Three-Part Counterpoint

This order 1) of counterpoint is subject to the same laws as the second order 2) of two-part counterpoint; with this difference, however, that under favor of the two minims 3) sustained by the complete common chord, two fifths placed each in the accented part of the bar may be saved, as indicated by the following example:–

The melody of the middle part, which would be prohibited in two parts, is here tolerated, on account of the higher part, the harmony of which conceals the defect of that in the middle part. This license is not admitted in the extreme parts, and although tolerated in the middle part, it should not be abused, but should be taken advantage of in the most-difficult predicaments alone.

The two minims 4) against one semibreve 5), should be placed in each bar in one single part only at a time; the two other parts should contain only semibreves 6).

Doubling the third at the accented part of the bar, should be avoided; this prohibition does not hold good in the unaccented part, where the third may be doubled.

There are cases, in which the doubling of the third upon the accented part of the bar is unavoidable; but these cases are – or should be – extremely rare.

A unison upon the accented part of the bar is only permitted, when it is actually impossible to contrive otherwise; it is allowed at the first and the last bar. It is tolerated, upon the unaccented portion.

The part which introduces the two minims 7), should commence on the unaccented part of the bar; the accented portion will be occupied by a half-rest,– it being more elegant to commence thus:–

Whether in the present order, or in those which follow, it is allowed – as was remarked in the preceding order – on occasions of emergency, to cross the parts; viz: to cause the upper part to pass below the lower. At the same time, the power to do this, is only granted for the space of one or two bars at the utmost.

It has been prohibited, in the second order 8) of two-part counterpoint, to strike the same sound twice in the part introducing the two minims 9). This prohibition holds good in the present order; although this rule is subject to exception, and the exception is even authorized by the example of classical authors. The exception affects the last bar but one – and no other; it is intended to obviate the objectional points which might arise out of the nature of the given cantus firmus – as in the following example:–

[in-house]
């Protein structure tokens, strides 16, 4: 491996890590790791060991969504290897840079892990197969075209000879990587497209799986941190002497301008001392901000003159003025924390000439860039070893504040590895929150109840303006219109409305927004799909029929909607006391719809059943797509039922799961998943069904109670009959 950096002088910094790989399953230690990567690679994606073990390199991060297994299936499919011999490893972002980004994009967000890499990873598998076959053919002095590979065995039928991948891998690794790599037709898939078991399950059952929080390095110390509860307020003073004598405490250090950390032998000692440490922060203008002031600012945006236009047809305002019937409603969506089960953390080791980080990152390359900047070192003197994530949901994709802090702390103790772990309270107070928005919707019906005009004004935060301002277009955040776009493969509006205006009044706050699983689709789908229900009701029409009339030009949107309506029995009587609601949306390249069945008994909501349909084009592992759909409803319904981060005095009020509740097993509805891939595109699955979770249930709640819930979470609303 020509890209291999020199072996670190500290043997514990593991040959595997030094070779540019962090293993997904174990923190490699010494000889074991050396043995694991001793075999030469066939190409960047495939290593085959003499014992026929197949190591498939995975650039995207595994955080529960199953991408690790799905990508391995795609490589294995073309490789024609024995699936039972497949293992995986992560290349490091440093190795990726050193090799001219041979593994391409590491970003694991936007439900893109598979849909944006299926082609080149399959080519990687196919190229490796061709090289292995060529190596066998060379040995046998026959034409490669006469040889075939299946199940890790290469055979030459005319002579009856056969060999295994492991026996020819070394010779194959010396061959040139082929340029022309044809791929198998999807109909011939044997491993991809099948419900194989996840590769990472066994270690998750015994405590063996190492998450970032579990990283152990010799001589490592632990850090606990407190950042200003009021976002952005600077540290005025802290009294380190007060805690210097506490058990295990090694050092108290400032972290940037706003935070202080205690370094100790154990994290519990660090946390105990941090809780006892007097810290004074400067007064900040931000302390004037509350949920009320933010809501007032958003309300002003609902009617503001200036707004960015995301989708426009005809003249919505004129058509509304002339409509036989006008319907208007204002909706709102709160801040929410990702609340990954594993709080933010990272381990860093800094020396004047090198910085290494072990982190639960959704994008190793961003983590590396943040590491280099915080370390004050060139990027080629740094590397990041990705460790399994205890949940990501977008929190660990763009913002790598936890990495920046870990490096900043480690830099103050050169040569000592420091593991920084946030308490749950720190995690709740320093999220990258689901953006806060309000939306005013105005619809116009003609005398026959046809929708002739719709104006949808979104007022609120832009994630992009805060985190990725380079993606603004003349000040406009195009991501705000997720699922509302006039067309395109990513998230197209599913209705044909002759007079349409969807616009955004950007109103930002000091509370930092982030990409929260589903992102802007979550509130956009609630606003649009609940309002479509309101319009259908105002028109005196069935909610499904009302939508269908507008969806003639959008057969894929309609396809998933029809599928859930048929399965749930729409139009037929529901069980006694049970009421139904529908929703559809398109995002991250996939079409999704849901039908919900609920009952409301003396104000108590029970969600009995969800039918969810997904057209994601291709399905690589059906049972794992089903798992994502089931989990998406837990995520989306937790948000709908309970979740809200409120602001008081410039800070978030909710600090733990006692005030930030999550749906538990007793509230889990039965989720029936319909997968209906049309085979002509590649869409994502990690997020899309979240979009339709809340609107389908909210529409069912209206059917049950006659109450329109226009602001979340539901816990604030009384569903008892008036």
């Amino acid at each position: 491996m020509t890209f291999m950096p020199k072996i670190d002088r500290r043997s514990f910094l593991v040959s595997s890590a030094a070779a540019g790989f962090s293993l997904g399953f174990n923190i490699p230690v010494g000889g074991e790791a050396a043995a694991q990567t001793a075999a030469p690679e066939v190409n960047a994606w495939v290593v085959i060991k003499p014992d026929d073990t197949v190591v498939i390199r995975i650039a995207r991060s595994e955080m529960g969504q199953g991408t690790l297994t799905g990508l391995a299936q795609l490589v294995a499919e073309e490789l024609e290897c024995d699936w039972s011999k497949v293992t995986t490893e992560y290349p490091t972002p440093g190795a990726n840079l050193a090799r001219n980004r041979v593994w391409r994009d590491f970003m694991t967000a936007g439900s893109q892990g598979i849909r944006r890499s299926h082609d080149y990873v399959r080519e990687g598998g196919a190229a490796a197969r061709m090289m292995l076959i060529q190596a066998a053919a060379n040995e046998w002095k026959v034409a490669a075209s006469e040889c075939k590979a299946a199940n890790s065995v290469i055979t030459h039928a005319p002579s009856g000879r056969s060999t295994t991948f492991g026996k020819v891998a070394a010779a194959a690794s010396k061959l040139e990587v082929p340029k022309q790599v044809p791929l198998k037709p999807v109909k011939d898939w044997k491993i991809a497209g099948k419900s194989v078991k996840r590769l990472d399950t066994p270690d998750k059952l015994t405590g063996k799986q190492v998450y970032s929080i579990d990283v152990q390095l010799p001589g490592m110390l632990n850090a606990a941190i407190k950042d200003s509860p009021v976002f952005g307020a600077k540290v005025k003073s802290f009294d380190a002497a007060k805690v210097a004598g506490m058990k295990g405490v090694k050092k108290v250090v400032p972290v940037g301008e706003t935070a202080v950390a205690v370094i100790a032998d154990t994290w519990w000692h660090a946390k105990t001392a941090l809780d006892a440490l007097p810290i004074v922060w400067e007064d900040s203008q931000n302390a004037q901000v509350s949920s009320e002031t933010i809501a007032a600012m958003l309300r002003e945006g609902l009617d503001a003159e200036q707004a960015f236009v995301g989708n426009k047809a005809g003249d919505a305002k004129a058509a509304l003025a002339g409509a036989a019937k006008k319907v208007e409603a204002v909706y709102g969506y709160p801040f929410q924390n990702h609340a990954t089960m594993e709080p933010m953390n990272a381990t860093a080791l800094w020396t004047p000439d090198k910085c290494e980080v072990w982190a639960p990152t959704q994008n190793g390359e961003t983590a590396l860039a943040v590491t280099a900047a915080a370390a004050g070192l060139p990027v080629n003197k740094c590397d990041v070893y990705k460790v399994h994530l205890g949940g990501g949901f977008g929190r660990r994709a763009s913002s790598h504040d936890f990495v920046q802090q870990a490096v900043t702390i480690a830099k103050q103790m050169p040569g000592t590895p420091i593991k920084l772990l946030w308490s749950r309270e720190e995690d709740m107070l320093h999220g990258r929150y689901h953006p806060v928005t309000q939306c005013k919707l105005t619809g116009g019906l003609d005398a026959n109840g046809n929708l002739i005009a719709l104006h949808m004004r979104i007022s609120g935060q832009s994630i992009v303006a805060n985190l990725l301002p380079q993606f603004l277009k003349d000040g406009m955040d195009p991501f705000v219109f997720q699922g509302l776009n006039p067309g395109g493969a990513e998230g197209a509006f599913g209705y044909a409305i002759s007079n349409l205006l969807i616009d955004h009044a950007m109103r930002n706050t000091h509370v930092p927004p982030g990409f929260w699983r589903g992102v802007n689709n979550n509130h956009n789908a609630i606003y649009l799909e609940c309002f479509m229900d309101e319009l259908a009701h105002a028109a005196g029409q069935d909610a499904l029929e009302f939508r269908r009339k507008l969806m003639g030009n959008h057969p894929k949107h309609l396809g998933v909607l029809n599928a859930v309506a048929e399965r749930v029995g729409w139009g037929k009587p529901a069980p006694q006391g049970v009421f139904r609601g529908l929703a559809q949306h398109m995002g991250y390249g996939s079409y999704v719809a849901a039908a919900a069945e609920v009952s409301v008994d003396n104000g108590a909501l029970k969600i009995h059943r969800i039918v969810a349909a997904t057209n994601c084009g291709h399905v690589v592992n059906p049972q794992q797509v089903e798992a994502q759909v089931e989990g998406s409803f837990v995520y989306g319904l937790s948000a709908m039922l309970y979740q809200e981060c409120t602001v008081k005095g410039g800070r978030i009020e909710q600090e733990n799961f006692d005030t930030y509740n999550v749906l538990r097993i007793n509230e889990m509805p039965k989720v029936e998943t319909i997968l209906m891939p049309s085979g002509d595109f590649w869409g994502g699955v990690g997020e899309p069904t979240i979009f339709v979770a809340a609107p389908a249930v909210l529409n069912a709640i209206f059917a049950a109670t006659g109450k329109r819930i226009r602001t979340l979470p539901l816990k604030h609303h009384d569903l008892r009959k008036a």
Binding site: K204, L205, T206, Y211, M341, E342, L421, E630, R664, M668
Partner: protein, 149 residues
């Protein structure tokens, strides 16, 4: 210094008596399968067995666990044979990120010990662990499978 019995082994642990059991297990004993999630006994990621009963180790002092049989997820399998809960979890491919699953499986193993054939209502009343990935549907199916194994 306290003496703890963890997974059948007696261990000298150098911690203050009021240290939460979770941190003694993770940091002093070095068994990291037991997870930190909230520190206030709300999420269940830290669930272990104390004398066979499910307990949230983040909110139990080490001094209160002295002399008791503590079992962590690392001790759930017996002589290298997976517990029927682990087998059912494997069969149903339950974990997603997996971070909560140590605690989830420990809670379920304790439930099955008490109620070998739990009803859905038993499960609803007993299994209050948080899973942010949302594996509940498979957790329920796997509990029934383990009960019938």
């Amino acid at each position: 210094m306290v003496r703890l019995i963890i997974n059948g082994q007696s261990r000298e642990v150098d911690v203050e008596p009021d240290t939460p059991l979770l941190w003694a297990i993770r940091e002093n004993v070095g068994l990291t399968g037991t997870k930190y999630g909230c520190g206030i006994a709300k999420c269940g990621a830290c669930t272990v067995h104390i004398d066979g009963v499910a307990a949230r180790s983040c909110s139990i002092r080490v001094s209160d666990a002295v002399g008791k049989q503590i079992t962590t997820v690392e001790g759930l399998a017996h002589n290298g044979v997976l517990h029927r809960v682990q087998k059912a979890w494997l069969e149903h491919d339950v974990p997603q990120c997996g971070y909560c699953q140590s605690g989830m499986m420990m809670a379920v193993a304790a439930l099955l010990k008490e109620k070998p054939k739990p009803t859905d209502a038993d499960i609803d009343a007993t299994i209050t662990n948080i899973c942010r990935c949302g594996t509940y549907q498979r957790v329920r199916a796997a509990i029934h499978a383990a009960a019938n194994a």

Counterpoint constructed in the manner shown in these two examples offers on the one hand, * the unison upon the accented part of the bar with the upper part, and on the other hand, the same objection ** with the lower part. In order to avoid these defects, here are two other examples which get rid of these objectionable points, at the same time fulfilling all the prescribed rules:–

In this way, by taking advantage of the exception just cited, the objectionable points which occur in the preceding examples are avoided; and since there exists no express law to prohibit syncopation in this order, it may be introduced without reprehension, provided it be employed no where else than in the penultimate bar. At the same time, if this discord 10) can be dispensed with, it should not be used. The following examples serve to show that there are many occasions where it is very easy to avoid syncopation in the penultimate bar.

There are other methods, not indicated here, which are left to the pupil's own discovery.

Model of a lesson in the present order

1) , 2) , 8)
3) , 4) , 7) , 9)
half notes
whole note
whole notes
  • cherubini_counterpoint_and_fugue/three_part_counterpoint/second_order.txt
  • Last modified: 2018/06/19 13:41
  • by brian